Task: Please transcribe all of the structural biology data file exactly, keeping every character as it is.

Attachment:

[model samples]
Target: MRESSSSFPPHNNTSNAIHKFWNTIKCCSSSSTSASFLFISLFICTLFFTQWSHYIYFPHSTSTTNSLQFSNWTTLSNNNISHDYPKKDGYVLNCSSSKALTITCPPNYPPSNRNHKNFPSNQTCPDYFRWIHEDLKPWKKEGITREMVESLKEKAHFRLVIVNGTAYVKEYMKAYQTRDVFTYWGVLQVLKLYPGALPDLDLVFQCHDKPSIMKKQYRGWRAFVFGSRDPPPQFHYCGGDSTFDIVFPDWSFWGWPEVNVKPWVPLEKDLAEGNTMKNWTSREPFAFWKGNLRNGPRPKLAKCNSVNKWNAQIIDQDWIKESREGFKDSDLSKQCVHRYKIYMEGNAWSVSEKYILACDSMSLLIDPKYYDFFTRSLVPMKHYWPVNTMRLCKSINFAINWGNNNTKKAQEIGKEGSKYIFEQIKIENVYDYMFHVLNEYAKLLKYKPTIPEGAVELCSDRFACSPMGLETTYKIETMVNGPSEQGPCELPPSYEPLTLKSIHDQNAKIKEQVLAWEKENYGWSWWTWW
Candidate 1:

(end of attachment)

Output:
[model samples]
Target: MRESSSSFPPHNNTSNAIHKFWNTIKCCSSSSTSASFLFISLFICTLFFTQWSHYIYFPHSTSTTNSLQFSNWTTLSNNNISHDYPKKDGYVLNCSSSKALTITCPPNYPPSNRNHKNFPSNQTCPDYFRWIHEDLKPWKKEGITREMVESLKEKAHFRLVIVNGTAYVKEYMKAYQTRDVFTYWGVLQVLKLYPGALPDLDLVFQCHDKPSIMKKQYRGWRAFVFGSRDPPPQFHYCGGDSTFDIVFPDWSFWGWPEVNVKPWVPLEKDLAEGNTMKNWTSREPFAFWKGNLRNGPRPKLAKCNSVNKWNAQIIDQDWIKESREGFKDSDLSKQCVHRYKIYMEGNAWSVSEKYILACDSMSLLIDPKYYDFFTRSLVPMKHYWPVNTMRLCKSINFAINWGNNNTKKAQEIGKEGSKYIFEQIKIENVYDYMFHVLNEYAKLLKYKPTIPEGAVELCSDRFACSPMGLETTYKIETMVNGPSEQGPCELPPSYEPLTLKSIHDQNAKIKEQVLAWEKENYGWSWWTWW
Candidate 1: